§ 517. No person can avoid a contract for duress, unless the duress be imposed upon him personally; and if the parties, therefore, be forced into making a contract by duress inflicted upon only one of them, it can only be avoided by him upon whom the duress was practised;3 for no one can avoid his own contract for the imprisonment or danger of any other than of himself. So, also, a surety is liable upon an agreement made by himself and principal, in order to relieve the latter only from duress.4 This doctrine applies, however, only to specialties which are governed by the rules of the common law, and not to cases where there is a statute provision. If the contract of a surety be by parol, it will, in such circumstances, be void for want of consideration.6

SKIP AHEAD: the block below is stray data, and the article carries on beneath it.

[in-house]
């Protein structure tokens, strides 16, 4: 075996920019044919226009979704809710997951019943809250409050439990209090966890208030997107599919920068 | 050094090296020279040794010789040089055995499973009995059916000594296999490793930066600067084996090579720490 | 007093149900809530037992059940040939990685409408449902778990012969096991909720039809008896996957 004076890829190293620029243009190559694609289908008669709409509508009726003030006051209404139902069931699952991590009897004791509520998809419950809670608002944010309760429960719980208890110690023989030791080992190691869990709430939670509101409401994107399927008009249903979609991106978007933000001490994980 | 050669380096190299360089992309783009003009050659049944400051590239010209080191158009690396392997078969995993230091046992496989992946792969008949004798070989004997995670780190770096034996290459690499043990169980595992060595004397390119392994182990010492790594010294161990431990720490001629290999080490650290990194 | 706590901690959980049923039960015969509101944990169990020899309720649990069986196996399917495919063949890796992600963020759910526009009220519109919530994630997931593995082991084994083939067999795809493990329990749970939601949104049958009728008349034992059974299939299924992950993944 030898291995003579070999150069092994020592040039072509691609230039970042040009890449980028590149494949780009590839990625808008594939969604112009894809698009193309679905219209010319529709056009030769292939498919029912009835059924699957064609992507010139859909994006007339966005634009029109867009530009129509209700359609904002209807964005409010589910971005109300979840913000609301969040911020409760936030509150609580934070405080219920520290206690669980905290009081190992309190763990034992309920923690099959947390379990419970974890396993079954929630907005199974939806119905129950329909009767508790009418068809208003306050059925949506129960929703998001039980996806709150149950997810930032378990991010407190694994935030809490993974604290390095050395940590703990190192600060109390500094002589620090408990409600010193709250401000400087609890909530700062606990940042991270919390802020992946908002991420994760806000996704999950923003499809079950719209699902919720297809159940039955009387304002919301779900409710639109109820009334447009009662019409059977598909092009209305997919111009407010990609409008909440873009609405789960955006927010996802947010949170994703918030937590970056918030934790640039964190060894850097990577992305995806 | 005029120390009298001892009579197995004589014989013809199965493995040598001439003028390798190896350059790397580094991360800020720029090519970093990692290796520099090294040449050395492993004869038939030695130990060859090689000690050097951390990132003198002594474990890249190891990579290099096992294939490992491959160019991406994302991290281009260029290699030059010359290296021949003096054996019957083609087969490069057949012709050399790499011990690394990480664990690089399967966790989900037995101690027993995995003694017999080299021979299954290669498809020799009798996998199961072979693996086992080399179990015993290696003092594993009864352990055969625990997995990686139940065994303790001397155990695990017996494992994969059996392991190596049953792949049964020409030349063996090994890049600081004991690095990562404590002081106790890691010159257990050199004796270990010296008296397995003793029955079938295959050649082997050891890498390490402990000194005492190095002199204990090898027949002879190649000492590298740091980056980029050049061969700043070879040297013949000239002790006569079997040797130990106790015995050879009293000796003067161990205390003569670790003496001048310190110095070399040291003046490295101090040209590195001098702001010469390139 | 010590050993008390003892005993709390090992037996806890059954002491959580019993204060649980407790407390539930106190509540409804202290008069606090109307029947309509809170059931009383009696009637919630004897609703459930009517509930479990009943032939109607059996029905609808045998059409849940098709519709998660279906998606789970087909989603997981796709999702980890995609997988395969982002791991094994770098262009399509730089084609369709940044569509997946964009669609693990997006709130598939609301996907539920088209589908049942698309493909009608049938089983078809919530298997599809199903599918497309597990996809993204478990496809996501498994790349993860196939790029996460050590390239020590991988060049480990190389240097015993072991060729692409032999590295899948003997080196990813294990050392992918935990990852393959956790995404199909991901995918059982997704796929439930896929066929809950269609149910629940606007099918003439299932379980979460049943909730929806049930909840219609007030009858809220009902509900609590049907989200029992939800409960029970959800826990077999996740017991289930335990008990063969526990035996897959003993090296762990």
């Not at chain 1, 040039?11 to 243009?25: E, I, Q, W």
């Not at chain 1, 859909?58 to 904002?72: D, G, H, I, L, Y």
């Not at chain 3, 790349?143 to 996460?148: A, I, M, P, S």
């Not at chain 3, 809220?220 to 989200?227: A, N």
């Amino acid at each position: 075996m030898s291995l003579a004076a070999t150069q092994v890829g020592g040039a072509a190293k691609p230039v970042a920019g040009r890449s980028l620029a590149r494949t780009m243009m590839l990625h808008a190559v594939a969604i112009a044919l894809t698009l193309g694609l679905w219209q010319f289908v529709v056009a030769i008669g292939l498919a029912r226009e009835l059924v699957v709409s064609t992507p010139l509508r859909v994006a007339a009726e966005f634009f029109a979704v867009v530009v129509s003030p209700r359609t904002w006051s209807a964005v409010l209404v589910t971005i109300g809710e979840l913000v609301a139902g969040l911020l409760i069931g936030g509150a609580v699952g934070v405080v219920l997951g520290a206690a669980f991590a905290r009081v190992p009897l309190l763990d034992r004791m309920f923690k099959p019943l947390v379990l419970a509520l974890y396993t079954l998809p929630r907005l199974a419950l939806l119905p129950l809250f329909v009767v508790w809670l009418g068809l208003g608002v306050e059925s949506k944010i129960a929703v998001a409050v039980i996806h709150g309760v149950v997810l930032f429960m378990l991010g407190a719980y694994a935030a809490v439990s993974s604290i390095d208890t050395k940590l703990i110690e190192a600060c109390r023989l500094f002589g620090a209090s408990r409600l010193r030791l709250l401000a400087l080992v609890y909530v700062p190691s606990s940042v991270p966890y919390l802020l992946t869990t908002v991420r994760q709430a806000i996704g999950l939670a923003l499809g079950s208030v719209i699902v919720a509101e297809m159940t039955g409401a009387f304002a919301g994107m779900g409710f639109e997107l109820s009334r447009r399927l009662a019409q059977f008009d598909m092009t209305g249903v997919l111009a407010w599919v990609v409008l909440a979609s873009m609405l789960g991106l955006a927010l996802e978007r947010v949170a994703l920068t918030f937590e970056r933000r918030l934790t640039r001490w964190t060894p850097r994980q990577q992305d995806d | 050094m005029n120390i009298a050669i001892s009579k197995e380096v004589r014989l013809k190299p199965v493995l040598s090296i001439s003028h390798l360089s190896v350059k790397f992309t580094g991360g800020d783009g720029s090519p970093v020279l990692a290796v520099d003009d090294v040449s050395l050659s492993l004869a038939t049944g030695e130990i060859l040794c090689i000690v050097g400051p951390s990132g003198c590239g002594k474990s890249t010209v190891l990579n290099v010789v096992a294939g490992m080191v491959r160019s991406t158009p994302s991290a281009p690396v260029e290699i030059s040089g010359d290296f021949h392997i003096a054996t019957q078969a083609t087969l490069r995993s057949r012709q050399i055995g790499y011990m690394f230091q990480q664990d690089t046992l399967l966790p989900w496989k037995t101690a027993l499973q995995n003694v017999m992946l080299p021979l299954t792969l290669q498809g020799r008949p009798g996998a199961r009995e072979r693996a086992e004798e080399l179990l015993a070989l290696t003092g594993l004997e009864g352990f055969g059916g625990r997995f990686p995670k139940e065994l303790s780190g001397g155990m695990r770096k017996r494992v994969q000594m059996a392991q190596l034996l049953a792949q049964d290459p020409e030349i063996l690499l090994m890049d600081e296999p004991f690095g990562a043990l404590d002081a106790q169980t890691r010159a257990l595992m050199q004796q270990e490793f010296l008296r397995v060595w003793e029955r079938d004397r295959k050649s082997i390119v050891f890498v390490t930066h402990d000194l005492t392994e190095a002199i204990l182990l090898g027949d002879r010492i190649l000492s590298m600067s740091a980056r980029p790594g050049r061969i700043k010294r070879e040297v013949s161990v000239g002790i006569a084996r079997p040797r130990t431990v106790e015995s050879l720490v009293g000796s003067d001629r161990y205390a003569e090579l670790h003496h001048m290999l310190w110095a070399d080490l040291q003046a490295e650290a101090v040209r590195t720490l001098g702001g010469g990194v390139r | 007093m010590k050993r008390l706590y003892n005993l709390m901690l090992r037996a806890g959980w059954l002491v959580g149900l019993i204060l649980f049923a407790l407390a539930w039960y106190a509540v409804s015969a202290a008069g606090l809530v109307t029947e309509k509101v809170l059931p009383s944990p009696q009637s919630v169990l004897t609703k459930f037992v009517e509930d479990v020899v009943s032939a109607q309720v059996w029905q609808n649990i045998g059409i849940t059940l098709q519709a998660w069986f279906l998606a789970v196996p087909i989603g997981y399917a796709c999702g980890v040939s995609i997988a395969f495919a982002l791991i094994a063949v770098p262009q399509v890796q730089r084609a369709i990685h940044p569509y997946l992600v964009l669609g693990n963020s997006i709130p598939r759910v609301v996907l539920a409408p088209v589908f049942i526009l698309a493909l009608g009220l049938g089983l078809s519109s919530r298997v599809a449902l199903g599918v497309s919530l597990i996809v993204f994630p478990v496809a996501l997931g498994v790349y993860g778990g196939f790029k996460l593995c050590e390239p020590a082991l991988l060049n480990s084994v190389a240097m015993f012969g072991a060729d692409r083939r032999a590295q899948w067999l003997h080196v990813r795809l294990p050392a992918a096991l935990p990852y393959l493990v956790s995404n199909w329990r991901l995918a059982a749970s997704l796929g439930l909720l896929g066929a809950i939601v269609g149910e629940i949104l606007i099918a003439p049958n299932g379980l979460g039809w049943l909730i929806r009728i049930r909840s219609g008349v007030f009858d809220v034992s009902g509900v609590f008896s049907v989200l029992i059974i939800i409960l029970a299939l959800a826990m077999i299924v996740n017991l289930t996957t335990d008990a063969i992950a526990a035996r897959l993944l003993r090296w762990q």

§ 518. If duress be imposed by a stranger at the instance of the party who is to receive the benefit, it will invalidate the contract.6 It was formerly held, however, that if the duress was by a stranger, and the obligee was not a party thereto, the agreement could not be avoided.7 But the better opinion seems now to be, that the party receiving the benefit of a deed so procured, cannot take advantage of it, whether he were a party to the duress or not. Such, also, is the rule of the Roman law.1 So, "if one threaten a man to kill or maim him, if he will not seal a deed to a stranger, and thereupon he do so, this is void, as if it were to the party himself. If one threaten a man to kill him, unless he will seal a deed to him and three others, and he do so, this is void as to all the four." 2 But a threat by a party, that he will cause another to be imprisoned, is not such duress as to avoid a contract, unless the menace be of unlawful imprisonment. A threat to do a legal act, or to subject the party to the legal consequences of a refusal to make an agreement, is not duress.3 Thus, a threat by a judgment creditor to levy his execution is not such duress as to invalidate an agreement to pay the sum due, made in consequence thereof.4 But a threat of unlawful imprisonment or arrest5 is duress.6 A contract by a wife to accept a certain allowance from her husband, made under a threat that he would send her to another insane asylum, is not void for duress.7